Harry Soria began hosting Territorial Airwaves, a
showcase of pre-statehood music on KCCN Radio in 1979.
Celebrating 20 yearsBy John Berger
of Territorial song
Special to the Star-Bulletin
HARRY B. Soria Jr. launched "Territorial Airwaves" in spite of naysayers who told him a weekly one-hour program of Hawaiian and pre-Statehood hapa-haole wouldn't last.
"There was this feeling among younger people -- young kumu hula, as a matter of fact -- who told me that this music was a reflection of a bad period of our history that should be forgotten. It was by people who forgot their language and their culture, and, yes, they were our grandparents and parents, but they were ignorant, and we're going to skip that century," Soria recalls.
"The old people loved what I was doing, and I felt I was on a mission, so I stayed with it. We kept having the legends come on and we learned more and more, and then as a few of the young lions started getting a few years and a few gray hairs, they began embracing their elders and the music they represented."
By Ken Sakamoto, Star-Bulletin
Harry Soria was influenced by his father and a former
girlfriend who thought old music was 'cool.'
Soria, 50, and the show he created have become a tradition in island radio. He and KCCN-1420 AM celebrate the 20th Anniversary of "Territorial Airwaves" tomorrow at 1 p.m.
Soria and longtime co-host Keaumiki Akui engage in good-natured banter between interviews with entertainers from the Territorial Era. Almost anyone of any significance as a Hawaiian entertainer or songwriter prior to 1959 -- from Gabby Pahinui to Andy Cummings to R. Alex Anderson to Genoa Keawe to Randy Oness -- has joined Soria at least once on "Territorial Airwaves" since the inaugural show on June 13, 1979.
The music comes from Soria's archive of thousands of 78-rpm Hawaiian records. He traces Hawaiian music's recorded history back to the turn of the century but uses 1915 as the show's start point.
"The recordings of the first decade were on wax cylinders and the (sound) quality is really nil. One of the considerations for the show is that it has to be listenable.
Mainland America also began to embrace Hawaiian music in 1915. A hula troupe from Hawaii was a hit of the 1915 Pan-Pacific Exposition in San Francisco.
"The Expo exposed 30,000 people a day to the influence of hula, ukulele, steel guitar and Hawaiian culture in general, created a Hawaiian craze that goes all the way to Tin Pan Alley (in New York City). Country music embraced the steel guitar, hula was imitated in Vaudeville and the ukulele (today) is picked up on college campuses around the nation.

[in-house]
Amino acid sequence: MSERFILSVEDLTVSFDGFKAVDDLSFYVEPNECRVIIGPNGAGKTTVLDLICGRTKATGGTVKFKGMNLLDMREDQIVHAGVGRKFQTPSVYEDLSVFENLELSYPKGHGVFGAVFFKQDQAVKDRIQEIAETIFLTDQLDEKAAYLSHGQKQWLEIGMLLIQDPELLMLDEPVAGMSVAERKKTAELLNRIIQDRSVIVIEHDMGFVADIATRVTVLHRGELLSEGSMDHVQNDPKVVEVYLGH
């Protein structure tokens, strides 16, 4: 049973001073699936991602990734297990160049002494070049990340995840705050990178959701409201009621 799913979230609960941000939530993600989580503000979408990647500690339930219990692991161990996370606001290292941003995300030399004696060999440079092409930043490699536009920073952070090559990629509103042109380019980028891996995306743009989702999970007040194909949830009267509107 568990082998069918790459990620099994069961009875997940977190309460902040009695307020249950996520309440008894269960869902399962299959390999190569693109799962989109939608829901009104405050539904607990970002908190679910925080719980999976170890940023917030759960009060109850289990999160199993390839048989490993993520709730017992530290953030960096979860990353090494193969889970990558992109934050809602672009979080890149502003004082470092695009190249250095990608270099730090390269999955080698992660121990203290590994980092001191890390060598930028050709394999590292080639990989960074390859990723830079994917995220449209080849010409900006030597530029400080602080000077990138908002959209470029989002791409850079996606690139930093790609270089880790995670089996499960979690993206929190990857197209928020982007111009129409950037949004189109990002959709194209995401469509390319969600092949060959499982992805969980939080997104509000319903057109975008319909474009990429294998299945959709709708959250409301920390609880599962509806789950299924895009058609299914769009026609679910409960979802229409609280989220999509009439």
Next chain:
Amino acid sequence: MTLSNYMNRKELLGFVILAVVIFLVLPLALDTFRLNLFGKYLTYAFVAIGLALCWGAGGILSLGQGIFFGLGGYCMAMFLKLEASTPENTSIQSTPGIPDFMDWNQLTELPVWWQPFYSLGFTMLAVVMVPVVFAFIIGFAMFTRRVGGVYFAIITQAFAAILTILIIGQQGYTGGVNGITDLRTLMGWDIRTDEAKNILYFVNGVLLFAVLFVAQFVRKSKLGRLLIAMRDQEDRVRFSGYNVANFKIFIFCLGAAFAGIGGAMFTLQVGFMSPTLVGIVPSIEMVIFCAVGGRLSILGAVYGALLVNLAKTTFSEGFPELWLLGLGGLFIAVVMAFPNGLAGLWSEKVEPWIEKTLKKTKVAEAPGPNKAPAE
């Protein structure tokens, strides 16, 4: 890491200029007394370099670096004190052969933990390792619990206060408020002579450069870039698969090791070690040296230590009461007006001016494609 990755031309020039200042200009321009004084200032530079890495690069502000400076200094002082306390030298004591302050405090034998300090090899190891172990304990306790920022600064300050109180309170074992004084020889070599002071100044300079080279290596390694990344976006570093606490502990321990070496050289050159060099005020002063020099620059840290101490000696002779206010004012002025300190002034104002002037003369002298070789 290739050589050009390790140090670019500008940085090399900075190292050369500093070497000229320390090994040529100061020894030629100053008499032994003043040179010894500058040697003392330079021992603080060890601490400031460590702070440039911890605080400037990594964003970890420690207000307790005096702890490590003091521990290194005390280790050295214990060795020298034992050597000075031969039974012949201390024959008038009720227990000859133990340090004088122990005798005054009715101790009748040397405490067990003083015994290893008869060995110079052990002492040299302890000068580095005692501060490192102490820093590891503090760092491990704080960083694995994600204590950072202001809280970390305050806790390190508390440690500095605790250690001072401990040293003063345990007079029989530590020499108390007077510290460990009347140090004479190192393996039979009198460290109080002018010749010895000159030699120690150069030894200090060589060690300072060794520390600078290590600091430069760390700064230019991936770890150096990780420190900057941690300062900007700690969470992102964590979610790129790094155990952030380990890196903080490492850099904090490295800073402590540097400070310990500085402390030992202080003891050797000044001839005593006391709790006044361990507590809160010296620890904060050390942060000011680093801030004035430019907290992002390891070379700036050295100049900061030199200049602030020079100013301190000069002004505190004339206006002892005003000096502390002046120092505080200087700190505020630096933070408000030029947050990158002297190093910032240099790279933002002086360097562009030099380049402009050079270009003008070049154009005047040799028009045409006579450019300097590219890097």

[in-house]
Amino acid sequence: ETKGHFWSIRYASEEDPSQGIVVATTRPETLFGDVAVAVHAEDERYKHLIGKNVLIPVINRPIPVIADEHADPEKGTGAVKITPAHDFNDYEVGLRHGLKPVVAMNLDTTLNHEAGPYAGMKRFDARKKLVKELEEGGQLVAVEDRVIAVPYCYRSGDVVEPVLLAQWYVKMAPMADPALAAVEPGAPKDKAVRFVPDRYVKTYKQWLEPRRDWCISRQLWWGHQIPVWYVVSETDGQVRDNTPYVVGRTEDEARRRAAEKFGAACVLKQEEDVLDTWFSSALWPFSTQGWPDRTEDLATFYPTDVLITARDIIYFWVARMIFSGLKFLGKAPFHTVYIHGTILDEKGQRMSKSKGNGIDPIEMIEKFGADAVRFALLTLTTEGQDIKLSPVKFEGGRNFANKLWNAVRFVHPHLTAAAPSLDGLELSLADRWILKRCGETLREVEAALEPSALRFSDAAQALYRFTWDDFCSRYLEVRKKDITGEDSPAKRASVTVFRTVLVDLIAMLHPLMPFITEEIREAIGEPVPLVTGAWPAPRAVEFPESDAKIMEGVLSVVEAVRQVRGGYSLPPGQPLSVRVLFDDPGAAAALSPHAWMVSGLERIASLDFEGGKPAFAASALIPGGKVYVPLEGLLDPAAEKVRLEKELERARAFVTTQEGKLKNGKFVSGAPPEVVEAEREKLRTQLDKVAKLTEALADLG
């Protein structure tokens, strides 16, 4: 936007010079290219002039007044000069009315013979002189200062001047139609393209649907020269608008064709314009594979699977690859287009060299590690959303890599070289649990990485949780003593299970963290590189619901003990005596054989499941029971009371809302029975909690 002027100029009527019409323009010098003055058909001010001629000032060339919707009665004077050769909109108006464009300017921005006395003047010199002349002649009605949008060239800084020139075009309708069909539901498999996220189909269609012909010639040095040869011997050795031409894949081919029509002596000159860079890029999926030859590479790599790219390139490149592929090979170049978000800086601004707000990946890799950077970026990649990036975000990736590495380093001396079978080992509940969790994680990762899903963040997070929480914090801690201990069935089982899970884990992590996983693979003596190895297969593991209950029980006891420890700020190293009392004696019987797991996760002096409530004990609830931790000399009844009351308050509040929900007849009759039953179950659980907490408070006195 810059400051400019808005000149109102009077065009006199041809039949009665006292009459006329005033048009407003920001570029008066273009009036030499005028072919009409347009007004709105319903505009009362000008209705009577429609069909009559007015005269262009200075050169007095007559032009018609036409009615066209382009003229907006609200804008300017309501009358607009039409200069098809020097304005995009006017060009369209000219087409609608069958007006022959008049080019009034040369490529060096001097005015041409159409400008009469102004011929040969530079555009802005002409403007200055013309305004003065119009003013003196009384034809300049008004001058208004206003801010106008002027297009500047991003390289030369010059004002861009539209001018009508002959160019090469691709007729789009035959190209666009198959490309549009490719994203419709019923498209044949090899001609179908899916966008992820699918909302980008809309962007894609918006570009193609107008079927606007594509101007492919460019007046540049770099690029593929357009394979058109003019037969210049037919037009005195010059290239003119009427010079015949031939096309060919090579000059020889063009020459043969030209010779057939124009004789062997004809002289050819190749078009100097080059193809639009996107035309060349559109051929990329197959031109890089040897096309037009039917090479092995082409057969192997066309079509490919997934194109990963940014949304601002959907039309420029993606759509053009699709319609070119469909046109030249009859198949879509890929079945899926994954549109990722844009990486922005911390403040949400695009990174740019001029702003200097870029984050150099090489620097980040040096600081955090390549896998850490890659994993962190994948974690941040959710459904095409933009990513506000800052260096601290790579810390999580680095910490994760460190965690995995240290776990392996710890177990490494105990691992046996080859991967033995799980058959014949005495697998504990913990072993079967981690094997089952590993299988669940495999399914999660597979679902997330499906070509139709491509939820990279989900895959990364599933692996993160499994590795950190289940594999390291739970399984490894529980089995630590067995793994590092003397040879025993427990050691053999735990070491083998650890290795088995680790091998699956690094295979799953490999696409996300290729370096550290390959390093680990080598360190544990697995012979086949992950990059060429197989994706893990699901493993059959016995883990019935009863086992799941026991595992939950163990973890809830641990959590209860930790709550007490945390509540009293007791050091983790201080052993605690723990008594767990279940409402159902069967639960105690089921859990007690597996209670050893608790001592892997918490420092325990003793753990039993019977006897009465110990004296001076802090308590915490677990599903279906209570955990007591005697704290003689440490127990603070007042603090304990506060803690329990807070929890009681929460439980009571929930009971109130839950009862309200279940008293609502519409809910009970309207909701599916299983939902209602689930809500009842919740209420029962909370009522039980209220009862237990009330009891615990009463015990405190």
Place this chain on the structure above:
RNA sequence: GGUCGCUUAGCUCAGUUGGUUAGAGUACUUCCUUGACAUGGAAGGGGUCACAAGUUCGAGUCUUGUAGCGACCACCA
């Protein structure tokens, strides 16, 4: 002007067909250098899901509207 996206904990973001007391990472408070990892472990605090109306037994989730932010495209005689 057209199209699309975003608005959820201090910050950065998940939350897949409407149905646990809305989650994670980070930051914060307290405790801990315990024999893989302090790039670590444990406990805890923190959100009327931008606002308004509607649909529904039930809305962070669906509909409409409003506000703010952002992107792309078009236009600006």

"The most long-reaching thing was a huge Hawaiian craze in the recording industry that actually buoyed the industry for a while. Local entertainers were going to the mainland to record (between 1915 and 1925) but they were also touring. It was a huge phenomenon."
Hawaiian music enjoyed a resurgence of national popularity when Webley Edwards launched the radio show "Hawaii Calls" in 1935, and Bing Crosby's recording of "Sweet Leilani" won an Academy Award in 1937.
Hapa-haole music remained popular through World War II.
Just as cylinders gave way to flat discs in 1910, the 78-rpm disc was replaced by the 12-inch, 33-rpm album of the postwar era. The combination of larger size and slower speed allowed for much more playing time per side. The evolution from shellac or lacquer toward "unbreakable" records was another big step. A typical 78 disc is a fragile thing.
"If you look at them wrong they'll crack," Soria says.
The revival of interest in 33-rpm vinyl records in the past couple of years has made turntables easier to find. Soria uses a Stanton cartridge and needle and a modern high-quality turntable that has been rebelted for 78-rpm discs. His collection occupies shelves 20 feet across and 12 feet high.
Soria cleans his 78s using Windex and a tissue. He says using water "just moves things around" and that cloth can leave lint. He suggests using as little Windex as possible and avoiding the label.
In the past, he played 78s at home for his own enjoyment, but preserving them is a higher priority these days. "Unlike the newest medium that doesn't actually touch anything, a needle is aging your record every time you play it. I only play them now for the show.